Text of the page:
'It's not rocket science'

CHRIS STEVENSON

, Last Updated: 7:21 AM ET

Jason Spezza seems to have a pretty good handle on what happened to the Senators during the first two games of the Stanley Cup final.

"Well, the first night, we probably tried to do too much," said the centre.

"The second night, we tried to do too little."

The too much was trying to stickhandle by three guys lined up across the blue line.

The too little was just throwing the puck in and not doing enough to get it back.

The Senators will try to find their happy place tonight, somewhere between doing too much and trying to do too little in the first Stanley Cup final game in this city in 80 years.

Where they want to be is pretty clear.

How they're going to get there?

Not so much.

While both games have been decided by a goal, so far the Senators have come up short in just about every category except the volume of words spent trying to explain how their top line has run into a wall.

The matchup the Senators will try to avoid will be Ducks centre Samuel Pahlsson against Senators centre Jason Spezza.

Not only has that matchup been bad for the Senators in that the Spezza line has not generated anything 5-on-5, it has been victimized offensively with the Pahlsson line scoring the winning goal in the first two games of the final.

Senators coach Bryan Murray has the last change tonight, but there's nobody in the Senators camp who thinks Anaheim Ducks coach Randy Carlyle won't win the matchups battle.

Carlyle will get the people he wants on the ice, when he wants them on the ice.

The Ducks will remain committed to playing the matchup game even if it means giving up some rhythm and risking another too-many-men-on-the ice penalty (the Ducks are second in the post-season with three bench minors.)

"Randy has a game plan for us and he's going to stick to it," said Ducks centre Andy McDonald. "He's done it all year long. It makes it a little harder to get momentum, but we've become accustomed to it. It's not going to change."

The key to winning the matchups on the road is puck possession. If the Ducks continue to win faceoffs at the clip they have (30-21 in Game 2), they will be able to hold the puck or move it to a place that will enable them to change at least a couple of players on a line, if not all of them.

The players Carlyle wants on the ice will storm over the boards.

So, what can the Senators do about the matchups?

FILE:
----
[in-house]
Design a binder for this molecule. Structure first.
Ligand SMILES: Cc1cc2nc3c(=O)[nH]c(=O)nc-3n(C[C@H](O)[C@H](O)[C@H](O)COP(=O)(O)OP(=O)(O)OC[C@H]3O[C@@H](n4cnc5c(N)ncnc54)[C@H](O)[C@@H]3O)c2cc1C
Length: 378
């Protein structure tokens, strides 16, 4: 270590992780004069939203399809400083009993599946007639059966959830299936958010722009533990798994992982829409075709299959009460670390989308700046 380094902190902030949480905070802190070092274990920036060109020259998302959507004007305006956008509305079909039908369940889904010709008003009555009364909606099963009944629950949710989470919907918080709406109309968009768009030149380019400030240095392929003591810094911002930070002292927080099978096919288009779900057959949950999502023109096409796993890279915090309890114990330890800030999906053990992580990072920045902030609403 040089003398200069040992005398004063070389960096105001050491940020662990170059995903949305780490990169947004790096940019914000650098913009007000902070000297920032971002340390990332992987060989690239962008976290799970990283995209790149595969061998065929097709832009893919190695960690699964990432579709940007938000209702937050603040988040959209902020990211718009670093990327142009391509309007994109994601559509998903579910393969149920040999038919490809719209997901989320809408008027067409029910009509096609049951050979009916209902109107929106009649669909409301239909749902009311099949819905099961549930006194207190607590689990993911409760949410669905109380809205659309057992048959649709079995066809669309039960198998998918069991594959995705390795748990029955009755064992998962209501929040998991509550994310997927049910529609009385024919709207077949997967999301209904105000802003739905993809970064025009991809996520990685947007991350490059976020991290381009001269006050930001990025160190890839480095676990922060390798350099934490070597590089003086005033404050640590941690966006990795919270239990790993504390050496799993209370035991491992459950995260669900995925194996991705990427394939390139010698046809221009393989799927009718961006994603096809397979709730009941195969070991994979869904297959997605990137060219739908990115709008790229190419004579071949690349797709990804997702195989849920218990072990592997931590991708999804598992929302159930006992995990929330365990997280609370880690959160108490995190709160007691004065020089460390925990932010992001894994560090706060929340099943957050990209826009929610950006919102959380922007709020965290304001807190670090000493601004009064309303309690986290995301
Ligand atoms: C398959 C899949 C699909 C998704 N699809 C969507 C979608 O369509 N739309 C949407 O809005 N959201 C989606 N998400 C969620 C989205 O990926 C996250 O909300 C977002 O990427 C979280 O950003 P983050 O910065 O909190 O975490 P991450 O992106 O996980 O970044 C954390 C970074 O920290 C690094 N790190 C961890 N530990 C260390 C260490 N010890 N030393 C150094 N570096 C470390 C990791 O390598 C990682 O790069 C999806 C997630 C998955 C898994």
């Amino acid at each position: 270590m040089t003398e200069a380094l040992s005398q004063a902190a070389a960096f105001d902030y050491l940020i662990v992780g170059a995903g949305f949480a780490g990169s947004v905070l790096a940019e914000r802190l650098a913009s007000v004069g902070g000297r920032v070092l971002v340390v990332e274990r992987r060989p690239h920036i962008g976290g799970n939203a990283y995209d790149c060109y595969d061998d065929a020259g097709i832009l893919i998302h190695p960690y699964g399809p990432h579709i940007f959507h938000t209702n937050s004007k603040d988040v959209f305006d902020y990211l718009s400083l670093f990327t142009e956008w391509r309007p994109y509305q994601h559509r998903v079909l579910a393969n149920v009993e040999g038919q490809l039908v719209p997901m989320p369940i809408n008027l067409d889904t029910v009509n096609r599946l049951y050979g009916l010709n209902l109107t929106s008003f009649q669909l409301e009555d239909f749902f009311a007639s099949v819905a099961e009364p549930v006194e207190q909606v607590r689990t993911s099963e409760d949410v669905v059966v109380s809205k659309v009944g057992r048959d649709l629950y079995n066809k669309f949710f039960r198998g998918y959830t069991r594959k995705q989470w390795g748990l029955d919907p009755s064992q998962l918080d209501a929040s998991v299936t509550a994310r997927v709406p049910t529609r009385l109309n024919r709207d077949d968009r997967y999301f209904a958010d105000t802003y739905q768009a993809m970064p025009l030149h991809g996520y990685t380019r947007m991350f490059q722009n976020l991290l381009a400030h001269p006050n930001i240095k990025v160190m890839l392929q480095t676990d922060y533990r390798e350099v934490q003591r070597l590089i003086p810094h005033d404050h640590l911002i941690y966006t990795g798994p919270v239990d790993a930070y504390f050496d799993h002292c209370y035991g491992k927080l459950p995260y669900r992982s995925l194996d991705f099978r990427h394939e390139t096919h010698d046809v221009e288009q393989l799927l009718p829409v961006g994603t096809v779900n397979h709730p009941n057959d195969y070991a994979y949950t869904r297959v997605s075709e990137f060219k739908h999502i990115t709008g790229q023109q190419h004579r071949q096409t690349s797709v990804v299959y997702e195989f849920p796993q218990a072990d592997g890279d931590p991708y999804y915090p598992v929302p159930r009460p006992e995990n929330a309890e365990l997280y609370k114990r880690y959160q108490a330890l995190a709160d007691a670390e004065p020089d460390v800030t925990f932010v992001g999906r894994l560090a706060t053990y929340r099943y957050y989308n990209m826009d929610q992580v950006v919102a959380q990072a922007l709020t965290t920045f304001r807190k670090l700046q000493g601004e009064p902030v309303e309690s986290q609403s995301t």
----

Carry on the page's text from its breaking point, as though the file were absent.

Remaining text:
SHUFFLED BIG LINE

Murray tried shuffling his big line in Game 2, dropping Daniel Alfredsson to a line with Mike Fisher and Peter Schaefer and elevating Chris Neil to right wing with Spezza and Dany Heatley for a few shifts.

Murray might need to think about taking it another step and moving Spezza out from between Heatley and Alfredsson now and then tonight.

It's like a shell game.

That move could force Carlyle into a decision. Is it a better matchup to play the Pahlsson line against Spezza and whoever he winds up with or against a line of, say, Mike Fisher between Heatley and Alfredsson or Chris Kelly or Dean McAmmond in that centre spot?

All of those have been combinations Murray has used during the course of this season.

If Carlyle opts to keep Pahlsson against, say, Fisher with Alfredsson and Heatley, then Spezza might have a chance of winning a matchup against McDonald.

Not too long ago, people wondered if Heatley could play without Spezza. When Spezza was out with a knee injury in December and January, Heatley laid to rest the idea he wouldn't be productive without Spezza.

Of course, Murray wouldn't have to do this kind of juggling if his big line was able to compete against the Pahlsson line.

The reality is it hasn't, so something must be done.

That's not panic or desperation.

It's coaching, trying to put your players in positions where they can best help your team, where they can best play to their strengths and not have their weaknesses exposed.

"It's not rocket science," said Heatley.

"It's hockey. Eventually we are going to have to play against that line and just find ways to get things done. It's time to step up."

Some line juggling might help them find that place between doing too much and trying to do too little.


Videos

Photos